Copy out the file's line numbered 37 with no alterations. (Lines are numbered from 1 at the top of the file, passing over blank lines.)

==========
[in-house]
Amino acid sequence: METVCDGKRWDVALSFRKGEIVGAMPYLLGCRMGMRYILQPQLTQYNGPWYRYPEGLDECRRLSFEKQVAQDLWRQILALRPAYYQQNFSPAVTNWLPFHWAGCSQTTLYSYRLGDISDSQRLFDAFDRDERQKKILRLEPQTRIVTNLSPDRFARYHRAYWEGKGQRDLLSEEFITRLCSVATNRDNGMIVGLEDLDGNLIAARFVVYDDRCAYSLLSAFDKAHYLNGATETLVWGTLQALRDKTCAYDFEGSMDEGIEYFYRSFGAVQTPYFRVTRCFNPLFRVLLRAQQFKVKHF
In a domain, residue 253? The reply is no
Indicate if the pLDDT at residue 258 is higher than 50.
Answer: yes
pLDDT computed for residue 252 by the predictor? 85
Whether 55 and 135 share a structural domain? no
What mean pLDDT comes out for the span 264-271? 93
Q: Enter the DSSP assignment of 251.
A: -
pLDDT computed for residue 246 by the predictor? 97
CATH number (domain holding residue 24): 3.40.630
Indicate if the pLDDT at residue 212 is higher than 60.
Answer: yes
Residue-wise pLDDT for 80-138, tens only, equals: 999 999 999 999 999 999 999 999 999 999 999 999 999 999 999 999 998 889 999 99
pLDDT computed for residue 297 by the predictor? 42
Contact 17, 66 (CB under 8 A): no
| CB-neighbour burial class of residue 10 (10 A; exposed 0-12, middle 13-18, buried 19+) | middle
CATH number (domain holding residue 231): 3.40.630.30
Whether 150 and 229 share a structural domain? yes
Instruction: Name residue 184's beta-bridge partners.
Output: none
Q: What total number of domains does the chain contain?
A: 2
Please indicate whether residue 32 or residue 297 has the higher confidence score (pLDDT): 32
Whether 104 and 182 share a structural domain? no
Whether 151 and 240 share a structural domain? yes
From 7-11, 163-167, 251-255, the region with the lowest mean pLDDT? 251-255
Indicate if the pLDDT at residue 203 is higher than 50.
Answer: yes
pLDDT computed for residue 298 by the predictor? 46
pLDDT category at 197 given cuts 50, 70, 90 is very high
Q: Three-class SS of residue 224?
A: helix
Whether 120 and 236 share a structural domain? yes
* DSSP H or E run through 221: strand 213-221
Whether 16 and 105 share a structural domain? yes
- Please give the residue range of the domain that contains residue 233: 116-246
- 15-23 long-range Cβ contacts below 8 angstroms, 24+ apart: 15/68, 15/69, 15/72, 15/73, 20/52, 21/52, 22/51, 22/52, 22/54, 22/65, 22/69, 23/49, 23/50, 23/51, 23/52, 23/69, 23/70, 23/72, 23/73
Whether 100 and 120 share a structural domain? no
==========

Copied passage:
Whether 16 and 105 share a structural domain? yes